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Mayor-elect de Blasio names Gilmartin, Lewis to his 60-member transition team; did press give candidate a bye?

As part of his 60-member volunteer transition team, Mayor-elect Bill de Blasio yesterday named MaryAnne Gilmartin, President and CEO, Forest City Ratner Companies and Bertha Lewis, President and Founder, The Black Institute--and, more importantly, Forest City Ratner's partner on the Atlantic Yards affordable housing since she headed New York ACORN.

de Blasio has long had a relationship with Lewis--he owes her and the associated Working Families Party big-time for his entire political career. And it's understandable that he'd have a relationship with Gilmartin, given the importance he's placed in getting Atlantic Yards affordable housing done.

But her prominence confirms just how important that relationship is--one I suspect will pay off with carrots, not sticks, regarding Atlantic Yards.

From the announcement

His transition office issued a news release:
Mayor-Elect Bill de Blasio today announced the appointment of 60 experienced leaders and experts to his transition committee that will assist him in building a progressive, competent and diverse city government.
“These leaders are volunteering their expertise in every issue and area of municipal affairs,” said Mayor-Elect de Blasio. “Together, they will join Transition NYC Co-Chairs Carl Weisbrod and Jennifer Jones Austin in helping me to assemble a team that’s devoted to building one great city where everyone shares in our prosperity.”
“My charge to the transition team is to identify women and men from every part of our city and walk of life that share a commitment to progressive and competent city government,” said de Blasio. “They will be advising me based on their wealth of experience and knowledge of specific issue areas and government agencies.”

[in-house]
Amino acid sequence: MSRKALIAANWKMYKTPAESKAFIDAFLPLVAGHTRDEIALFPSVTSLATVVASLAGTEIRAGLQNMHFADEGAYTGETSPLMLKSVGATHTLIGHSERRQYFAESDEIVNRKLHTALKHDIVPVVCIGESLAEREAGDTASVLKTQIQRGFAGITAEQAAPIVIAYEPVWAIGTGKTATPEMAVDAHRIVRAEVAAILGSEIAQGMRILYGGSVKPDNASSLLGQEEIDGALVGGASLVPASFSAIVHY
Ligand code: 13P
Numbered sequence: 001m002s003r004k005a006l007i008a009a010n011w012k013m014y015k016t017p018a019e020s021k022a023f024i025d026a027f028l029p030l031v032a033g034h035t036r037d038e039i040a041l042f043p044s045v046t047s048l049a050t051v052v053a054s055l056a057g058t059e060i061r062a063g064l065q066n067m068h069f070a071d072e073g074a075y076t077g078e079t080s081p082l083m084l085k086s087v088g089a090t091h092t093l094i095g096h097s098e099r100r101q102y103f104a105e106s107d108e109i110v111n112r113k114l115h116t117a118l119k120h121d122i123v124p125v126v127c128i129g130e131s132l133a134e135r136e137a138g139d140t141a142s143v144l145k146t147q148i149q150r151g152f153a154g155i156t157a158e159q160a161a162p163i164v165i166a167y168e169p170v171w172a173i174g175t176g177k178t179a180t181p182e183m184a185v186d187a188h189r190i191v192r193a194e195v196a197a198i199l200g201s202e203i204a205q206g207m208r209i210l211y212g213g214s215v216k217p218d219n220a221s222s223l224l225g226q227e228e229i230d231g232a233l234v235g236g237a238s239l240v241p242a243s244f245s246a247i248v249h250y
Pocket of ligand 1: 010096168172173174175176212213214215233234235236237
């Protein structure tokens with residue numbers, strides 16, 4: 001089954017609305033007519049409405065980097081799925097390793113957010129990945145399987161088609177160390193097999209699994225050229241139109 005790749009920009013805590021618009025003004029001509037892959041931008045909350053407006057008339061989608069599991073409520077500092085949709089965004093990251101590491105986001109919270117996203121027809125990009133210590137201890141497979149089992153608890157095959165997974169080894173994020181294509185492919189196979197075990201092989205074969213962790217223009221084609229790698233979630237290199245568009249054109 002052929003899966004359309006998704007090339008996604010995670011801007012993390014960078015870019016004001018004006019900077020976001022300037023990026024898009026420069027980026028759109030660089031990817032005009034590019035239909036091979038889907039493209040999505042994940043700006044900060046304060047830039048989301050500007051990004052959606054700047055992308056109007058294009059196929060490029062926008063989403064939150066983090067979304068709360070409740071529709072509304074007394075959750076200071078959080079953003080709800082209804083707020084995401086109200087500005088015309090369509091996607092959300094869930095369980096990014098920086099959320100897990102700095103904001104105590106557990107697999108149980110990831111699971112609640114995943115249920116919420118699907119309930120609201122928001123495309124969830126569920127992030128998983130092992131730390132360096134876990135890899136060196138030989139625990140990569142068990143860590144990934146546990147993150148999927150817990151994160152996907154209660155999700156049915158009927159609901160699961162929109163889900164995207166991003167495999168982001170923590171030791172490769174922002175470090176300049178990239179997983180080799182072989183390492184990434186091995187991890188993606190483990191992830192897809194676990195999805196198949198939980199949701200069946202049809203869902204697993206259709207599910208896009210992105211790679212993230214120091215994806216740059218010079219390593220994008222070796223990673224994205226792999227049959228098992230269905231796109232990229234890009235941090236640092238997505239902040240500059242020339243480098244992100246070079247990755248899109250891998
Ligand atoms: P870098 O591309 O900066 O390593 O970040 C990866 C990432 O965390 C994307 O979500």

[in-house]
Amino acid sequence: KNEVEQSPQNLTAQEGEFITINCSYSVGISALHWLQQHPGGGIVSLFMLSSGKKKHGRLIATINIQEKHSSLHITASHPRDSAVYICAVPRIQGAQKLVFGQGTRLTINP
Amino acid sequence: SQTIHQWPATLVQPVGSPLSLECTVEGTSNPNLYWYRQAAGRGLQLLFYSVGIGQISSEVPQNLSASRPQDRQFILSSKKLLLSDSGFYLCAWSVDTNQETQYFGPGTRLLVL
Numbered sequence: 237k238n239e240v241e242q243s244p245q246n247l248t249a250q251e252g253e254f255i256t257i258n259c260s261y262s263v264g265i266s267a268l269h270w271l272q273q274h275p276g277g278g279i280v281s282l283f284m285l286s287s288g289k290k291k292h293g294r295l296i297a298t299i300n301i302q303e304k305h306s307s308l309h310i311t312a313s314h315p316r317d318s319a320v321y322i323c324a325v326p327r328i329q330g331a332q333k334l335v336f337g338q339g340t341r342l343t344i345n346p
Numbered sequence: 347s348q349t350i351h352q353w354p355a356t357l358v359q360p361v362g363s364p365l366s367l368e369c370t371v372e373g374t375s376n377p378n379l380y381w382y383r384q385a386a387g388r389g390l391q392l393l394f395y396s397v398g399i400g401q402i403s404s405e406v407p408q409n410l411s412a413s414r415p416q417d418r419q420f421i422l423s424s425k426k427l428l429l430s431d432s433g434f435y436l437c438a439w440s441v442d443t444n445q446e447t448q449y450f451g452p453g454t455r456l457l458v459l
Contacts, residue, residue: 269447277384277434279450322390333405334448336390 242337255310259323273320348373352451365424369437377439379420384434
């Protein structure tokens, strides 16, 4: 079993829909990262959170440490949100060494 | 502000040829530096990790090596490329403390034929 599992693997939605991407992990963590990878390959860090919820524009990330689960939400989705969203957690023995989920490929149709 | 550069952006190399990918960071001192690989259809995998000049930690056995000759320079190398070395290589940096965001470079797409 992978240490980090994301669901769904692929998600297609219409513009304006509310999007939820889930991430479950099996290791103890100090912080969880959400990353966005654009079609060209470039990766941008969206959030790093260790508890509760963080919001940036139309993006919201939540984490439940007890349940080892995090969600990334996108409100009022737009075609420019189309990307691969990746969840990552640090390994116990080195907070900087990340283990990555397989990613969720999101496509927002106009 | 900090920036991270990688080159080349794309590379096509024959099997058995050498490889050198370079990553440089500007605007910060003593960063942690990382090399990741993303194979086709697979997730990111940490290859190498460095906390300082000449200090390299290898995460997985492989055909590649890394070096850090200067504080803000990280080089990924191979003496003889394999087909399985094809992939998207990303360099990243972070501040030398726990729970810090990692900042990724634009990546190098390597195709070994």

I'm not sure Forest City Ratner's "commitment to progressive and competent city government" trumps it's commitment to a "responsive and accommodating city government."

(Note that Gilmartin and Lewis were not mentioned in the New York Times round-up.)

Why was press late on de Blasio?

Capital New York yesterday reported:
Speaking on a panel of political journalists and consultants at the CUNY journalism school on Tuesday night, NY1's Errol Louis suggested that the media initially dismissed Bill de Blasio's mayoral campaign because they underestimated his support among black voters.
The press, he said, assumed that Bill Thompson would get a majority of the black vote and saw de Blasio as an outerborough white ethnic candidate, in the mold of Ed Koch or Anthony Weiner. But that's not how the voters saw de Blasio.
"It turned out he was a black candidate, in terms of voting," Louis said.
"People identified with the wife, people identified with the daughter, people identified with the son, people identified with the family as a whole," he told Capital after the panel.
POLITICO's Maggie Haberman said "De Blasio is coming in as one of the least-scrutinized mayors in history," suggesting that, "beyond a few signature policy initiatives—universal pre-K, for instance—the media had not investigated what a de Blasio administration would look like.

Well, as I wrote 10/31/13, we should blame the New York Times, in part, because a team of reporters practicing he-said, she-said journalism gave de Blasio the undeserved last word despite a record of slipperiness and absence on Atlantic Yards.

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